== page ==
Real Ale Festival

Via Flickr

For your chance to chow down on a crumbly Cornish pasty and a real ale beside the sea this weekend, why not visit the Cornwall Beer Festival which is taking place at Falmouth’s Princess Pavilion over the next two days. Volunteers at the event will be serving up a plethora of around 200 splendid beverages including real ale, fruit wines and continental bottled beers, all of which can be enjoyed within a stone’s throw from the stunning Cornish Coast. Plus, there’s a trove of regional entertainment taking place during the festival, including live music and traditional Morris dancing, giving you the opportunity to get a real flavour for the culture and spirit of Cornwall.

Enjoy a pint or two on a Sykes Cottage holiday!

Real Ale Festival

Via Flickr

If you’ve been inspired to wet your whistle at one of the real ale festivals mentioned in this post, gather up those leftover holiday days and plan a last minute cottage holiday in the UK. Beer festivals are a great way to mingle with like-minded ale devotees, so raise a glass to the humble British pint this year with an autumn short break from Sykes Cottages. Cheers!

Jonathan Tuplin

By Jonathan Tuplin

Jonathan is a lover of books, music and good food. Originally from Yorkshire, there's nothing he likes more than a cycle in the country. One of his favourite spots in the UK is Tenby, where he spent many a happy holiday as a child.

Summer holiday fun in Norfolk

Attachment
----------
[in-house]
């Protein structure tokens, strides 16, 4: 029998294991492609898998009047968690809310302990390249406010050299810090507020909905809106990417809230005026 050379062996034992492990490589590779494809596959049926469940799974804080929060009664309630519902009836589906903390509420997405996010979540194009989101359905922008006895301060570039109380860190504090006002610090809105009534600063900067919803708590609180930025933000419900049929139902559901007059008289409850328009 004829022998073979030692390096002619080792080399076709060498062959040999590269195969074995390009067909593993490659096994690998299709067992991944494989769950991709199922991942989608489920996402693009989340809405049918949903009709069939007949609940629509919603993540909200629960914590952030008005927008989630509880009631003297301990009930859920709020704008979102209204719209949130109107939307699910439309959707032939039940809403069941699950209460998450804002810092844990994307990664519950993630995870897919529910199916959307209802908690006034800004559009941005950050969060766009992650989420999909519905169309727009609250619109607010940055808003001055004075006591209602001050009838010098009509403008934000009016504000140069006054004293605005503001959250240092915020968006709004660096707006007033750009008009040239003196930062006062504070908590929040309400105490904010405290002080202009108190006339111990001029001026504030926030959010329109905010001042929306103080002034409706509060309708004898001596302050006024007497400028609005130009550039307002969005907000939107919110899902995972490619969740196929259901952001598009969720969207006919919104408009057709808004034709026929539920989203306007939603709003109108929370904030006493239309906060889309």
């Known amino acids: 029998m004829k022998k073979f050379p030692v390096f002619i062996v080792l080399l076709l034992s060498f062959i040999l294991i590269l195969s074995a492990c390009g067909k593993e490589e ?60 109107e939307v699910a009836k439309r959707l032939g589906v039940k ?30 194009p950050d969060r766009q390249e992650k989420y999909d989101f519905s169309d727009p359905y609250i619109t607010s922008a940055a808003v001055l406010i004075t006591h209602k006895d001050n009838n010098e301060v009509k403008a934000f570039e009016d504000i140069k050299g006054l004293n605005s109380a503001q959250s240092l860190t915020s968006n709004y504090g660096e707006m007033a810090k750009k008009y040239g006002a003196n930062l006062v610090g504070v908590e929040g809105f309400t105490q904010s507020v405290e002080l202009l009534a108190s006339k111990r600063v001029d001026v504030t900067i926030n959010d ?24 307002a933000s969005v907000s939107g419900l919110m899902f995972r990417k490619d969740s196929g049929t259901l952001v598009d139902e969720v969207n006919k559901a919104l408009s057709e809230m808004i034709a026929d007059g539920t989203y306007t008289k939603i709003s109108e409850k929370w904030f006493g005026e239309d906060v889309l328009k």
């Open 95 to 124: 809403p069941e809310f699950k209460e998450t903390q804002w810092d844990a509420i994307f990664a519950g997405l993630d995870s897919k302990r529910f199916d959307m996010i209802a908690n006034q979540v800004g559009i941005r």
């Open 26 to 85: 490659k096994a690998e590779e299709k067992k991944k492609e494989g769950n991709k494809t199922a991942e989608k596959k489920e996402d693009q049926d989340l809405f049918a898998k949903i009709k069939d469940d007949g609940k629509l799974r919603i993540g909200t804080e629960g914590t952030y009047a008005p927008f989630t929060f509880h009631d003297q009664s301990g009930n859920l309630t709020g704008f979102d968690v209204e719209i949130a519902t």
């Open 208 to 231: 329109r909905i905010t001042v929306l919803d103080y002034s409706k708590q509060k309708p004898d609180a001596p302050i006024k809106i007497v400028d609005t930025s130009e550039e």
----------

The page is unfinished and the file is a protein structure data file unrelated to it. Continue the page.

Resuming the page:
Monday, August 12th, 2013
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Following our recent posts on making the most of the summer holidays in Devon and the Lake District, this week we shine the Sykes spotlight on Norfolk. Planning a holiday to East Anglia can often mean a lengthy car journey but the combination of great weather, natural beauty and fantastic year-round attractions more than makes up for it, we promise! Here’s what not to miss this summer in Norfolk…
Beach Huts

Festival fever

If you didn’t make it to Glastonbury earlier in the summer, try the Sundown Festival held on the final weekend of August at the Norfolk Showground where this year’s headliners include Olly Murs, Pixie Lott and Dizzee Rascal.  Previous success has meant tickets are in high demand for this year’s festival but there is still plenty of tickets available starting at just over £30 for the day.  For something a little bit more unusual, the Wells Pirate Festival has to be top of your list.  In mid-September, this popular fishing town on the North Norfolk coast will be transformed into a swashbuckling array of pirate activities from sea shanties to puppet shows and even a smugglers ball.  With all the proceeds from the pirate festival being used to create a cultural hub for the community, what’s not to love?